Whisky Tasting at the Free Press

Ed from Bacchanalia in Mill Road led a blind whisky tasting at the Free Press. It was interesting the tasting the whiskys blind, as there was no starting point other than the vague shape of the bottle. It made it even harder than Ed chose a fiendish selection of (very interesting) whiskys!


The running order was:

Now, I need to get this out the way: but my two top malts in the blind tasting form this selection were the English Chapter 9, and the Amrut Fusion from Bangalore! I hadn’t expected non-Scottish malts to be peated, but these two were and they were great. The Chapter 9 was light and clean, and the Amrut was interesting, rich and flavourful and (I think) only 3 years to age to maturity. I didn’t like the Macallan, the sherry was too powerful, nor the Bunnahabhain: I have drunk that in the past but they have changed the whisky recipie and it is now aged in sherry and it was quite atypical of what I would look for in an Islay Malt—I hope that works for them as a strategy for the whisky, but I wasn’t keen. The Spice Tree was interesting and a good quality blend: depending on price I would probably buy that (even though the branding didn’t really appeal—I’m glad I tasted that one blind, and I was a bit unsettled how much the branding made a difference to my perception after the bottle was revealed). Benriach was fine.

This was a ‘dangerous’ whisky tasting—pouring our own measures at the table, with ongoing opportunities for side-by-side comparisons, and another nip of the favoutites. Dean won the prize for the blind tasting, answering categories on where the whisky was from [Scottish/region or elsewhere], age, wood, taste and smell. I came second. None of us did particularly well! Ed was knowledgable about the whisky—and let us get on with enjoying it! Great evening and the next day wasn’t too bad either.

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Tour of Tobermory Distillery

The tour started with a very polished DVD of a magazine-attractive young couple cycling and cavorting around Mull and ending with them enjoying a glass of whisky on the beach. They looked so wholesome that they should have been drinking fruit smoothies or a soya shake. Learnt a bit about the distillery and the head distiller was good fun. Had a tour from Andy, a tall dark haired lad who turned out to be quite good fun. The tour was quite hands on: doors into tuns were opened and we got to stick our heads into the fermenting barrels, which was wonderfully overpowering (“a bit like taking poppers”, which Andy helpfully likened the experience too).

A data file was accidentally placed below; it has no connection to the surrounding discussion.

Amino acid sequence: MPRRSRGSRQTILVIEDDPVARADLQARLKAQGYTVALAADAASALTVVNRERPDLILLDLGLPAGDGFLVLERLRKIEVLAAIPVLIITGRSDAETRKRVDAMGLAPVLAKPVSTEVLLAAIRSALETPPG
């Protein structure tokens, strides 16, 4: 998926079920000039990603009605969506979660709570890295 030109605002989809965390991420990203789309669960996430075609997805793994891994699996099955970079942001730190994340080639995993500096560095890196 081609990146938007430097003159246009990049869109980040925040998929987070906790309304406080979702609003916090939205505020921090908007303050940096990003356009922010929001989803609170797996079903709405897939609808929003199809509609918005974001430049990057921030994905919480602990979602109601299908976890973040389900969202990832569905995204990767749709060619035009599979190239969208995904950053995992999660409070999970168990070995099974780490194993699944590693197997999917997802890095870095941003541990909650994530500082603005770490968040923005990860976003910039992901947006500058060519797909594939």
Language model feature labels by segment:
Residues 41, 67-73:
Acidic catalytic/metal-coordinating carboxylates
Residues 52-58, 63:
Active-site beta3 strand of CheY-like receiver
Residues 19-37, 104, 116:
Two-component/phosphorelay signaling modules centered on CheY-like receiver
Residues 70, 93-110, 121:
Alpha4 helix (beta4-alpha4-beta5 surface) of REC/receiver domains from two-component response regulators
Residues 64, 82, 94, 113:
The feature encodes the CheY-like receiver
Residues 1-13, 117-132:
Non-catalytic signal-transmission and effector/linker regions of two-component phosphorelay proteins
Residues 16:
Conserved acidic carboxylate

The whisky tasting was a bit limited. Michael and I both tried the 10 year old Ledaig, which is the Tobermory peaty malt. Initially neither of us liked it, but it grew on us with a bit if water to bring out the peaty flavour. It wasn’t like the peaty Islay malts, harsher and a bit ‘dirtier’ perhaps. It must have grown on us because we bought a bottle.

Andy gave us a very enthustiastic (and seemingly genuine) pub recommendation for “fucking good” food. People are such good fun in Scotland! We’ll definately be eating there later.

Tobermory Distillery


Craig, Michael and I went down to London for Wine Plus at Olympia. For today my job title was ‘Wine Buyer’ for the Free Press, and Michael was the Bar Manager. We had some excellent wines. I was most excited about the Portuguese Taste Zone and a large exhibition of Greek Wines.

We started the day at about 11 with a tasting of French Wines from the Loire at the French Discovery Lounge. This was fun, but I enjoyed browsing the wines more, there were in excess of 100 from all parts of France available and the choice was fantastic. The staff were from a Wine Making Degree in the south of the UK, and it was interesting chatting with them.
We spent a good 20 mins with a very helpful man from Indigo Wine, Ben Henshaw. We tried some nice wine from his selection. Sadly I lost my notes.